I really need a butcher knife. Instead, I have a very old chef’s knife that has been sharpened to death and, although faithful, it is not a knife conducive to cutting hard and difficult foods like squash. I’m really glad Adam wasn’t around to witness me trying to hack acorn squashes in half. Not surprisingly, I managed to not mangle two halves of said squash. The other two halves, well, not very photogenic. Yes, I know. Someone who cooks as much as I do should have a good knife. A really good knife. Maybe even two. I guess I’ve just been waiting for the right one. It has to feel right, maybe even perfect, in my hand. Mind you, I think about knives all the time. I’ve had Wusthof’s in the back of my mind for months now, but still am not sure. I suppose I should buy one before I have no hands to cook with. It might be time to hit Sur la Tables knife sale.
However, I forgave my knife its incompetency (it’s not the knifes fault, after all) when I took my first bite of this dish. I’m really not a fan of internet acronyms, but OMG. It stopped me in my tracks. I found this recipe on Saveur who linked it from The Bitten Word who borrowed it from Martha Stewart. Taking their advice, I upped the amount of spices Martha used which metamorphosed this recipe from sort of a Moroccan dish to an intensely delicious Moroccan dish. This is the kind of meal you make when you plan on feeding friends. It is meant to be shared.
I changed a few items from the original recipe. Instead of golden raisins, which are hard to find not treated with sulfites, I used currants. I’m glad I did. The currants softly complemented the sweetness of the squash. I think the raisins may have offered too big of burst of sweet. I replaced the ground beef with bison because, well, I love bison. I also added shaved fennel mostly because it seemed like a nice touch.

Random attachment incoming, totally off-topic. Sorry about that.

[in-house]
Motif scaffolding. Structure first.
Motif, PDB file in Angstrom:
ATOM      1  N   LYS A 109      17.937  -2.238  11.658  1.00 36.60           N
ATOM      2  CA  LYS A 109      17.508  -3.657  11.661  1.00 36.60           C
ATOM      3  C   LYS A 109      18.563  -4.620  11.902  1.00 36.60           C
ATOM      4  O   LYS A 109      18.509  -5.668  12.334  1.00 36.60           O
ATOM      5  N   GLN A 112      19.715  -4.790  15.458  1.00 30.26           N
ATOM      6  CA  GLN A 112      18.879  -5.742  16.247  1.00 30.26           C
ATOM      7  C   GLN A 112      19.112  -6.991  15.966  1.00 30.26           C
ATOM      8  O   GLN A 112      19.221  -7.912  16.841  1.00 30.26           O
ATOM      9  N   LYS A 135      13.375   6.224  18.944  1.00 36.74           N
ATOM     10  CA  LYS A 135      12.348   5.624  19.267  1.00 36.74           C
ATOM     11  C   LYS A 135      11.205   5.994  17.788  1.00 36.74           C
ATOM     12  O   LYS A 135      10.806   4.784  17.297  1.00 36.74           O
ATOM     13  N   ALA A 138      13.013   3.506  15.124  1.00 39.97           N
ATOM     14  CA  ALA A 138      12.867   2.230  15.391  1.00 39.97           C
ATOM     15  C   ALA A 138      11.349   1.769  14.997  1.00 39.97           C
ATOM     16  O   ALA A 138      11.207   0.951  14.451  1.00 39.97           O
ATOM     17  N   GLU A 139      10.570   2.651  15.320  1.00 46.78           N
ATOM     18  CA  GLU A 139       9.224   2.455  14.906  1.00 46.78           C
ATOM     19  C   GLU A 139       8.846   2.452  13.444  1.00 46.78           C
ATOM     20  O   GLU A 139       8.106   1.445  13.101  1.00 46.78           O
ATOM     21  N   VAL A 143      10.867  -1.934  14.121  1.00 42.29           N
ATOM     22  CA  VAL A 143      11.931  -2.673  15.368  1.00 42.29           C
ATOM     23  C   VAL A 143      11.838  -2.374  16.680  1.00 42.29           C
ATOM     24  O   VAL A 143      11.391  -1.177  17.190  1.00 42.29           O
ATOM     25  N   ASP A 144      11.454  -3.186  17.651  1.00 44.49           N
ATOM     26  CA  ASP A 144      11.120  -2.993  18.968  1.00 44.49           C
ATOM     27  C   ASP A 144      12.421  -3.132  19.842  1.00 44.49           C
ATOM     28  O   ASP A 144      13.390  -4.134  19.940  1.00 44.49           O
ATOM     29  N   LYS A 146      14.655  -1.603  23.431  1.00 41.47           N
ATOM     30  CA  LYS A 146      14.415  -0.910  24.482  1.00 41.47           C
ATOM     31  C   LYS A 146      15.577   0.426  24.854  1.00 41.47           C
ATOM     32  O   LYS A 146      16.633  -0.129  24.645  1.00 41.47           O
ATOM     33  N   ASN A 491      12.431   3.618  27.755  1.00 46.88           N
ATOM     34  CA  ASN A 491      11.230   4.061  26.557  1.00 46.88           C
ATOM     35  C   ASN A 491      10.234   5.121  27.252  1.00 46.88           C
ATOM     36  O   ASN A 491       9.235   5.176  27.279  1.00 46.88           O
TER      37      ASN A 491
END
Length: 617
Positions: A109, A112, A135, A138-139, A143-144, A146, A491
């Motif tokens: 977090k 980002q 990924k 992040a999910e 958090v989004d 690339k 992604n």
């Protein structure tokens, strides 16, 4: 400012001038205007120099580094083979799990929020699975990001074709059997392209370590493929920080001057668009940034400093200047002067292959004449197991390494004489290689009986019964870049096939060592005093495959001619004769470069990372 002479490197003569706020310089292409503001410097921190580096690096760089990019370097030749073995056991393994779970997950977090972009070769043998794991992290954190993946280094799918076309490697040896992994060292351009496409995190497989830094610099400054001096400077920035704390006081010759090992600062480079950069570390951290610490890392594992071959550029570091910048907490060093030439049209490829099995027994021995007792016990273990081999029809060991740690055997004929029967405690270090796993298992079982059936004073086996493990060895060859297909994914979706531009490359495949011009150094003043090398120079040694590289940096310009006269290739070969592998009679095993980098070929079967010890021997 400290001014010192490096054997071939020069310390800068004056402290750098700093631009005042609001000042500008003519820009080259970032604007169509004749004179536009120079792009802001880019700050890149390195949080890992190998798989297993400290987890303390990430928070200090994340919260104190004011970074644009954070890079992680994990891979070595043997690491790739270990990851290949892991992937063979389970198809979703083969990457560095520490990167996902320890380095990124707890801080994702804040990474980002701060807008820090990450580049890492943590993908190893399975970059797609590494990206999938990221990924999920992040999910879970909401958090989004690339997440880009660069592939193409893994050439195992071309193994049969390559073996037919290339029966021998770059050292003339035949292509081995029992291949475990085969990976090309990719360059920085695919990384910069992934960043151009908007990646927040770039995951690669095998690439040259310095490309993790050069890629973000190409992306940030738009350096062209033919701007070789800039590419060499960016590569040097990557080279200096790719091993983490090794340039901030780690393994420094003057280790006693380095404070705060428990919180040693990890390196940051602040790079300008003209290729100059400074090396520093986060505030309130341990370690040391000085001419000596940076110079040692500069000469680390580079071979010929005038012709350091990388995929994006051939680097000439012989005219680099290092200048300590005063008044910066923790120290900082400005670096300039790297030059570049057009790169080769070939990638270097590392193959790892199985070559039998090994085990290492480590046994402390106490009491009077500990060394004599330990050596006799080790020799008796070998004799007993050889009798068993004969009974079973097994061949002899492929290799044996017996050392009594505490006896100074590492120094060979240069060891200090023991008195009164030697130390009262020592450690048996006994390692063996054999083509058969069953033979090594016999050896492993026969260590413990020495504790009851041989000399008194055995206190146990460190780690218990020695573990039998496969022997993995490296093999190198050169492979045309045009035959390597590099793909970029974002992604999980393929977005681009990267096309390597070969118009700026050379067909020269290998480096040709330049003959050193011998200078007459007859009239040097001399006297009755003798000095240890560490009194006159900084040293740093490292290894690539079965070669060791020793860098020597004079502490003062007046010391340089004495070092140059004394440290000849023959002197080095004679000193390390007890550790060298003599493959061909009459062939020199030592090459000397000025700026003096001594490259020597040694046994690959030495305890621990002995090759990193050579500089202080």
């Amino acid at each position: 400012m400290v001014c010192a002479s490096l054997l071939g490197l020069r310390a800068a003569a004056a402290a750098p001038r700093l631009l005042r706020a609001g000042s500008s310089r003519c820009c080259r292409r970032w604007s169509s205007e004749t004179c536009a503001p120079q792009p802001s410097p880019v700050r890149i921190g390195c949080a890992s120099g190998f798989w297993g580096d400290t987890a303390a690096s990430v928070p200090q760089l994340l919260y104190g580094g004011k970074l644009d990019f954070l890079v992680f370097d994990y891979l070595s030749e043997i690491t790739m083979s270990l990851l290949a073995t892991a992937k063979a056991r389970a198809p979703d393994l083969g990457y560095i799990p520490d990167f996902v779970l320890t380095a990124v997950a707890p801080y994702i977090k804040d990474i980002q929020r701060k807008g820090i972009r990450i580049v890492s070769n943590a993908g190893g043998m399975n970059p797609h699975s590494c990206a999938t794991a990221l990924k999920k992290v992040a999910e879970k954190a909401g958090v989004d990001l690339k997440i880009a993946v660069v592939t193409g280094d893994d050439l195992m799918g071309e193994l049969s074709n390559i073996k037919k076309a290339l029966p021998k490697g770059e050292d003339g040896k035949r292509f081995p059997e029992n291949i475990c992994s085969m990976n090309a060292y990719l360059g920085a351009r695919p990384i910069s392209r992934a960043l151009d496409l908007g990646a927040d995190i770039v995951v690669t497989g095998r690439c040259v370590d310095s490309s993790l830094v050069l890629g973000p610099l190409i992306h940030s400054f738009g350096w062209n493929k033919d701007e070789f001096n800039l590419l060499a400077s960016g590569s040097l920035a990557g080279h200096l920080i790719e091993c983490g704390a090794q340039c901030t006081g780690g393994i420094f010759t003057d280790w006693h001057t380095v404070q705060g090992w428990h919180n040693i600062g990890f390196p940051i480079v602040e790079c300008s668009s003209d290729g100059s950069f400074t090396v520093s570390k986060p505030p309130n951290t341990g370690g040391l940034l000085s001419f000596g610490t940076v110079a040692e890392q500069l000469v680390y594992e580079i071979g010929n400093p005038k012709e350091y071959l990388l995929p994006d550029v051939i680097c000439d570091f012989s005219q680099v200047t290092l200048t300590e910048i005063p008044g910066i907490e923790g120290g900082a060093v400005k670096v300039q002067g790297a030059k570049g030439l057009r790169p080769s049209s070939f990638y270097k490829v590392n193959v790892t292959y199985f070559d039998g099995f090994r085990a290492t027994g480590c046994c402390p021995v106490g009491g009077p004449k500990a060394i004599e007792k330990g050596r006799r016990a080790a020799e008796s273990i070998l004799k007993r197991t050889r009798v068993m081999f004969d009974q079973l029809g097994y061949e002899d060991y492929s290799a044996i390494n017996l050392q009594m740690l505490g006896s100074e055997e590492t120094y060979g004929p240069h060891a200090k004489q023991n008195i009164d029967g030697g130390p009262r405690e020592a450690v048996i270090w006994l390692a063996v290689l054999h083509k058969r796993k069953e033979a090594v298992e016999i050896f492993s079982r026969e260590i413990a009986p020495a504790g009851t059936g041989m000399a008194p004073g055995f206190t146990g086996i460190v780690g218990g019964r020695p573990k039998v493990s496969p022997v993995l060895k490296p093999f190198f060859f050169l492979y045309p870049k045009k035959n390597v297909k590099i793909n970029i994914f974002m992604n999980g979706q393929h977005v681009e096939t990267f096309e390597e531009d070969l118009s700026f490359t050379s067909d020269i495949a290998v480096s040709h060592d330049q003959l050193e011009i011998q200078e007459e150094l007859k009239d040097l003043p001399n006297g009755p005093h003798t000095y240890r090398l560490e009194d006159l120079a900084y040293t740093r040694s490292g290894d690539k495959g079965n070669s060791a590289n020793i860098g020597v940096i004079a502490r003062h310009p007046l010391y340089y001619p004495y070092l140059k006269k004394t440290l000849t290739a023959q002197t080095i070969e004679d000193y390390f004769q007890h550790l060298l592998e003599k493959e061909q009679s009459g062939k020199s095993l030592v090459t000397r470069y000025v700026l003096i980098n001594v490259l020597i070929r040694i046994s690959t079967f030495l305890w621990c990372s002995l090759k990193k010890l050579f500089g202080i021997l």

This dish is definitely adaptable. As I was cooking it, my mind danced with the possibilities. Toasted walnuts, quinoa, chopped apricots, cilantro, wild rice. Let your imagination run and cooking intuition take over.
That’s what it’s all about anyway, right?
What you’ll need~
2 medium acorn squash halved and bottoms shaved so they can sit flat in your dish
3/4-pounds ground bison
1/4-1/2 teaspoon ground cinnamon. Or to taste.
1/4-1/2 teaspoon ground nutmeg. Or to taste.
2+ teaspoons coarse salt
4 cloves minced garlic
1/2 medium yellow onion, finely chopped
2 cups water
1/4 cups currants
1/4 chopped Italian parsley
2 tablespoons toasted pine nuts
Half of one fennel, shaved
Preheat oven to 400 and place squash cut side down in a large Pyrex or casserole dish. Bake for about 30-45 minutes, until tender.
While your squash is baking, warm oil over medium heat in a heavy 4-quart pot with a tight-fitting lid. Add ground bison, cinnamon, nutmeg and a teaspoon of salt. Cook, stirring frequently until bison is browned and cooked through. Keep in mind that bison is naturally very lean and over cooks easily. You only need to cook it for about 5 minutes.
Using a slotted spoon, transfer cooked bison to a bowl. Be sure to let the juices drip through the spoon and remain in your pot.
Add onion and cook until it begins to soften and become translucent. Add garlic and cook for about 30 seconds.
Stir in bulgur and remaining salt.
Add water and bring to a boil. Reduce to medium-low heat, and cover. Cook for about 15 minutes until the water is absorbed. Remove pot from stove and let sit covered for about 5 minutes.
Fluff bulgur with a fork and add bison, currants, parsley, shaved fennel and pine nuts.
Scrap out the cooked squash leaving about a 1/4 inch around the rims. Stir scraped out bits into the bulgur and spoon in to squash halves.
Bake for about 15 minutes, until tops are browned.
Serve warm and prepared to be wowed.